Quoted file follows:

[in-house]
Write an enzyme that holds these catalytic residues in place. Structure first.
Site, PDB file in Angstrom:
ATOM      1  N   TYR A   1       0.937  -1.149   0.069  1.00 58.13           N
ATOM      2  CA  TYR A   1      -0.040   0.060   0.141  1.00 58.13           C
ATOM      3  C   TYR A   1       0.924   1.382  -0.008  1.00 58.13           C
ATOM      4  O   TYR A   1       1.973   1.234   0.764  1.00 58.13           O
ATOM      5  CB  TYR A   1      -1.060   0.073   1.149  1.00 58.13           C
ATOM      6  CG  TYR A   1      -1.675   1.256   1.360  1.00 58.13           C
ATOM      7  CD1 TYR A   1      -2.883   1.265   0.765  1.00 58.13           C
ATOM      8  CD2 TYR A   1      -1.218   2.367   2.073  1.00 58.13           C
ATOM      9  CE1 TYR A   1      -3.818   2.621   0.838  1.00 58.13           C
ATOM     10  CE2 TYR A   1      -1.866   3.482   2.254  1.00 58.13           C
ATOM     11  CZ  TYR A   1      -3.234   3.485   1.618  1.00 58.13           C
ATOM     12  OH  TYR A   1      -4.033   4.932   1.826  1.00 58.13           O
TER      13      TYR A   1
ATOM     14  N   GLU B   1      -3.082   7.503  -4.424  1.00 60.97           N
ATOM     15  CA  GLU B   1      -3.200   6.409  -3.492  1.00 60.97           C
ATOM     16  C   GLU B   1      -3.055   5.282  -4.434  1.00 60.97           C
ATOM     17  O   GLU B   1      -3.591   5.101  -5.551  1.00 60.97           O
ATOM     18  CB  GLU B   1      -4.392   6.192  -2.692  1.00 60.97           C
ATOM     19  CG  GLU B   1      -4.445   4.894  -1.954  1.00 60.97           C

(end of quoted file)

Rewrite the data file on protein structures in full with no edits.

[in-house]
Write an enzyme that holds these catalytic residues in place. Structure first.
Site, PDB file in Angstrom:
ATOM      1  N   TYR A   1       0.937  -1.149   0.069  1.00 58.13           N
ATOM      2  CA  TYR A   1      -0.040   0.060   0.141  1.00 58.13           C
ATOM      3  C   TYR A   1       0.924   1.382  -0.008  1.00 58.13           C
ATOM      4  O   TYR A   1       1.973   1.234   0.764  1.00 58.13           O
ATOM      5  CB  TYR A   1      -1.060   0.073   1.149  1.00 58.13           C
ATOM      6  CG  TYR A   1      -1.675   1.256   1.360  1.00 58.13           C
ATOM      7  CD1 TYR A   1      -2.883   1.265   0.765  1.00 58.13           C
ATOM      8  CD2 TYR A   1      -1.218   2.367   2.073  1.00 58.13           C
ATOM      9  CE1 TYR A   1      -3.818   2.621   0.838  1.00 58.13           C
ATOM     10  CE2 TYR A   1      -1.866   3.482   2.254  1.00 58.13           C
ATOM     11  CZ  TYR A   1      -3.234   3.485   1.618  1.00 58.13           C
ATOM     12  OH  TYR A   1      -4.033   4.932   1.826  1.00 58.13           O
TER      13      TYR A   1
ATOM     14  N   GLU B   1      -3.082   7.503  -4.424  1.00 60.97           N
ATOM     15  CA  GLU B   1      -3.200   6.409  -3.492  1.00 60.97           C
ATOM     16  C   GLU B   1      -3.055   5.282  -4.434  1.00 60.97           C
ATOM     17  O   GLU B   1      -3.591   5.101  -5.551  1.00 60.97           O
ATOM     18  CB  GLU B   1      -4.392   6.192  -2.692  1.00 60.97           C
ATOM     19  CG  GLU B   1      -4.445   4.894  -1.954  1.00 60.97           C